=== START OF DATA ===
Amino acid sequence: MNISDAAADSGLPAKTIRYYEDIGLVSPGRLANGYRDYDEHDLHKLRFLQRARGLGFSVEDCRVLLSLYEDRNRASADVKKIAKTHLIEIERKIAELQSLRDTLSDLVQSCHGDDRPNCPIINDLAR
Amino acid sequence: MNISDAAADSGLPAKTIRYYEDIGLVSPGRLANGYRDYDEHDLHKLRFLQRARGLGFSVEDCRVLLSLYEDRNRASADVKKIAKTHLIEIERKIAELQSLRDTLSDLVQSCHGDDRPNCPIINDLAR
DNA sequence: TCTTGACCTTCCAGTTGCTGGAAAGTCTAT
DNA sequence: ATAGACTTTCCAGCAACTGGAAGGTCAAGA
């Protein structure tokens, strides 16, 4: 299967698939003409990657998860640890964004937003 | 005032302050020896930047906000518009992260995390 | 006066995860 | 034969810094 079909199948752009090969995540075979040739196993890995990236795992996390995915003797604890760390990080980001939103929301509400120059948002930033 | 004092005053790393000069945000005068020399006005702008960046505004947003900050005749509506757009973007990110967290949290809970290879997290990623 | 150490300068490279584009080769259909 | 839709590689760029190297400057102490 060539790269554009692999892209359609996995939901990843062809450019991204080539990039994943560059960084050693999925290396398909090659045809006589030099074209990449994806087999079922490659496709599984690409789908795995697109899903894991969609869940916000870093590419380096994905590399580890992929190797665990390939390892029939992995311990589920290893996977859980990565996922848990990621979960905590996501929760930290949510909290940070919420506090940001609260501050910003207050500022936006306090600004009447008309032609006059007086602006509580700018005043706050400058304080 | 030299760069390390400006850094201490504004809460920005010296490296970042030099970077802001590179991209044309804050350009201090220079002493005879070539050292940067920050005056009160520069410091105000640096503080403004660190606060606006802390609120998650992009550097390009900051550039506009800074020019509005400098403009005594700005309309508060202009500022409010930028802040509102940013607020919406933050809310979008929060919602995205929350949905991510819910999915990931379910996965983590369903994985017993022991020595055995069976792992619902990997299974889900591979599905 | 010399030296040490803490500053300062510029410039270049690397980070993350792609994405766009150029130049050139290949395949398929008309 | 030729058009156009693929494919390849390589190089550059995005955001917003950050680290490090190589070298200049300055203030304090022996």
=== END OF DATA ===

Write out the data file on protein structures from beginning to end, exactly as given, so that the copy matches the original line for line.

Amino acid sequence: MNISDAAADSGLPAKTIRYYEDIGLVSPGRLANGYRDYDEHDLHKLRFLQRARGLGFSVEDCRVLLSLYEDRNRASADVKKIAKTHLIEIERKIAELQSLRDTLSDLVQSCHGDDRPNCPIINDLAR
Amino acid sequence: MNISDAAADSGLPAKTIRYYEDIGLVSPGRLANGYRDYDEHDLHKLRFLQRARGLGFSVEDCRVLLSLYEDRNRASADVKKIAKTHLIEIERKIAELQSLRDTLSDLVQSCHGDDRPNCPIINDLAR
DNA sequence: TCTTGACCTTCCAGTTGCTGGAAAGTCTAT
DNA sequence: ATAGACTTTCCAGCAACTGGAAGGTCAAGA
């Protein structure tokens, strides 16, 4: 299967698939003409990657998860640890964004937003 | 005032302050020896930047906000518009992260995390 | 006066995860 | 034969810094 079909199948752009090969995540075979040739196993890995990236795992996390995915003797604890760390990080980001939103929301509400120059948002930033 | 004092005053790393000069945000005068020399006005702008960046505004947003900050005749509506757009973007990110967290949290809970290879997290990623 | 150490300068490279584009080769259909 | 839709590689760029190297400057102490 060539790269554009692999892209359609996995939901990843062809450019991204080539990039994943560059960084050693999925290396398909090659045809006589030099074209990449994806087999079922490659496709599984690409789908795995697109899903894991969609869940916000870093590419380096994905590399580890992929190797665990390939390892029939992995311990589920290893996977859980990565996922848990990621979960905590996501929760930290949510909290940070919420506090940001609260501050910003207050500022936006306090600004009447008309032609006059007086602006509580700018005043706050400058304080 | 030299760069390390400006850094201490504004809460920005010296490296970042030099970077802001590179991209044309804050350009201090220079002493005879070539050292940067920050005056009160520069410091105000640096503080403004660190606060606006802390609120998650992009550097390009900051550039506009800074020019509005400098403009005594700005309309508060202009500022409010930028802040509102940013607020919406933050809310979008929060919602995205929350949905991510819910999915990931379910996965983590369903994985017993022991020595055995069976792992619902990997299974889900591979599905 | 010399030296040490803490500053300062510029410039270049690397980070993350792609994405766009150029130049050139290949395949398929008309 | 030729058009156009693929494919390849390589190089550059995005955001917003950050680290490090190589070298200049300055203030304090022996």